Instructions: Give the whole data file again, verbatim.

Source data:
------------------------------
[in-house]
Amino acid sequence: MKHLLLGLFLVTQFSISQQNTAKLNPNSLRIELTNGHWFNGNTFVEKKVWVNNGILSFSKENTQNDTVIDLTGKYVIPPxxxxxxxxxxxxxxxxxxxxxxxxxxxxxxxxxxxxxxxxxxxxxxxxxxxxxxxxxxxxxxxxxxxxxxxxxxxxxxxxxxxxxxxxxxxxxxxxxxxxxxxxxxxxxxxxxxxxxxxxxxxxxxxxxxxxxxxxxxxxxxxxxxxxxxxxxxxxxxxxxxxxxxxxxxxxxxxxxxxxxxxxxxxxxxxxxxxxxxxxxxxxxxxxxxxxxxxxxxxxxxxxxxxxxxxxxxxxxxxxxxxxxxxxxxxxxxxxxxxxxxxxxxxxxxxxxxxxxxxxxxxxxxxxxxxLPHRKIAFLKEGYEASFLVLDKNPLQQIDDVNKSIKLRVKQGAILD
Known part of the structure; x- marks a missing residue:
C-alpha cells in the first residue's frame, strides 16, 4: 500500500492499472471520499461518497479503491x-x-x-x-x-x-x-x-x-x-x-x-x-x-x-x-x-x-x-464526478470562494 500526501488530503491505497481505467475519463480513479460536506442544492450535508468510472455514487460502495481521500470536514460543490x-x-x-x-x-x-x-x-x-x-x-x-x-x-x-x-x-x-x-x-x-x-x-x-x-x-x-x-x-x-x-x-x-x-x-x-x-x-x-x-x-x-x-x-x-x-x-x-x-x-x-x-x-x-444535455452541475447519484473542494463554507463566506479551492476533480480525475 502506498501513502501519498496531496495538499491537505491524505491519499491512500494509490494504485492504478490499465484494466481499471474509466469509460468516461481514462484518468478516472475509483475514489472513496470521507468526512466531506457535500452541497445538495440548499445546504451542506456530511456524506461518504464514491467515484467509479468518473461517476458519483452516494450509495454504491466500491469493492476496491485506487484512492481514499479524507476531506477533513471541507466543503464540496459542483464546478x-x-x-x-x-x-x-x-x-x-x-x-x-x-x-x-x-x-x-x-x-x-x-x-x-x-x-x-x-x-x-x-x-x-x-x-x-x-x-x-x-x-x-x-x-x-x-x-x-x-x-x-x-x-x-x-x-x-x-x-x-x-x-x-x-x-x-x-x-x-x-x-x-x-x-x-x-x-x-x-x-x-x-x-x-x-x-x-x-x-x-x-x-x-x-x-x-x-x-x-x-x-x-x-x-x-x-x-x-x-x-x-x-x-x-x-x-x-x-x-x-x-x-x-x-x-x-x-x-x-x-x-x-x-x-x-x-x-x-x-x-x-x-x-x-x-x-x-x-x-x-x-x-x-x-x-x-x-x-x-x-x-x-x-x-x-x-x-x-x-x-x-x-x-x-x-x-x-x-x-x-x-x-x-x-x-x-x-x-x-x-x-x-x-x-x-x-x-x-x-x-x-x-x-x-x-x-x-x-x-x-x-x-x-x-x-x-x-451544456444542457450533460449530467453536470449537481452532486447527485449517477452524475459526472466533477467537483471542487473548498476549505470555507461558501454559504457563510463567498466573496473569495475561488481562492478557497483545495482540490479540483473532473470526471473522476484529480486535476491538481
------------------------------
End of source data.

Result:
[in-house]
Amino acid sequence: MKHLLLGLFLVTQFSISQQNTAKLNPNSLRIELTNGHWFNGNTFVEKKVWVNNGILSFSKENTQNDTVIDLTGKYVIPPxxxxxxxxxxxxxxxxxxxxxxxxxxxxxxxxxxxxxxxxxxxxxxxxxxxxxxxxxxxxxxxxxxxxxxxxxxxxxxxxxxxxxxxxxxxxxxxxxxxxxxxxxxxxxxxxxxxxxxxxxxxxxxxxxxxxxxxxxxxxxxxxxxxxxxxxxxxxxxxxxxxxxxxxxxxxxxxxxxxxxxxxxxxxxxxxxxxxxxxxxxxxxxxxxxxxxxxxxxxxxxxxxxxxxxxxxxxxxxxxxxxxxxxxxxxxxxxxxxxxxxxxxxxxxxxxxxxxxxxxxxxxxxxxxxxLPHRKIAFLKEGYEASFLVLDKNPLQQIDDVNKSIKLRVKQGAILD
Known part of the structure; x- marks a missing residue:
C-alpha cells in the first residue's frame, strides 16, 4: 500500500492499472471520499461518497479503491x-x-x-x-x-x-x-x-x-x-x-x-x-x-x-x-x-x-x-464526478470562494 500526501488530503491505497481505467475519463480513479460536506442544492450535508468510472455514487460502495481521500470536514460543490x-x-x-x-x-x-x-x-x-x-x-x-x-x-x-x-x-x-x-x-x-x-x-x-x-x-x-x-x-x-x-x-x-x-x-x-x-x-x-x-x-x-x-x-x-x-x-x-x-x-x-x-x-x-444535455452541475447519484473542494463554507463566506479551492476533480480525475 502506498501513502501519498496531496495538499491537505491524505491519499491512500494509490494504485492504478490499465484494466481499471474509466469509460468516461481514462484518468478516472475509483475514489472513496470521507468526512466531506457535500452541497445538495440548499445546504451542506456530511456524506461518504464514491467515484467509479468518473461517476458519483452516494450509495454504491466500491469493492476496491485506487484512492481514499479524507476531506477533513471541507466543503464540496459542483464546478x-x-x-x-x-x-x-x-x-x-x-x-x-x-x-x-x-x-x-x-x-x-x-x-x-x-x-x-x-x-x-x-x-x-x-x-x-x-x-x-x-x-x-x-x-x-x-x-x-x-x-x-x-x-x-x-x-x-x-x-x-x-x-x-x-x-x-x-x-x-x-x-x-x-x-x-x-x-x-x-x-x-x-x-x-x-x-x-x-x-x-x-x-x-x-x-x-x-x-x-x-x-x-x-x-x-x-x-x-x-x-x-x-x-x-x-x-x-x-x-x-x-x-x-x-x-x-x-x-x-x-x-x-x-x-x-x-x-x-x-x-x-x-x-x-x-x-x-x-x-x-x-x-x-x-x-x-x-x-x-x-x-x-x-x-x-x-x-x-x-x-x-x-x-x-x-x-x-x-x-x-x-x-x-x-x-x-x-x-x-x-x-x-x-x-x-x-x-x-x-x-x-x-x-x-x-x-x-x-x-x-x-x-x-x-x-x-x-451544456444542457450533460449530467453536470449537481452532486447527485449517477452524475459526472466533477467537483471542487473548498476549505470555507461558501454559504457563510463567498466573496473569495475561488481562492478557497483545495482540490479540483473532473470526471473522476484529480486535476491538481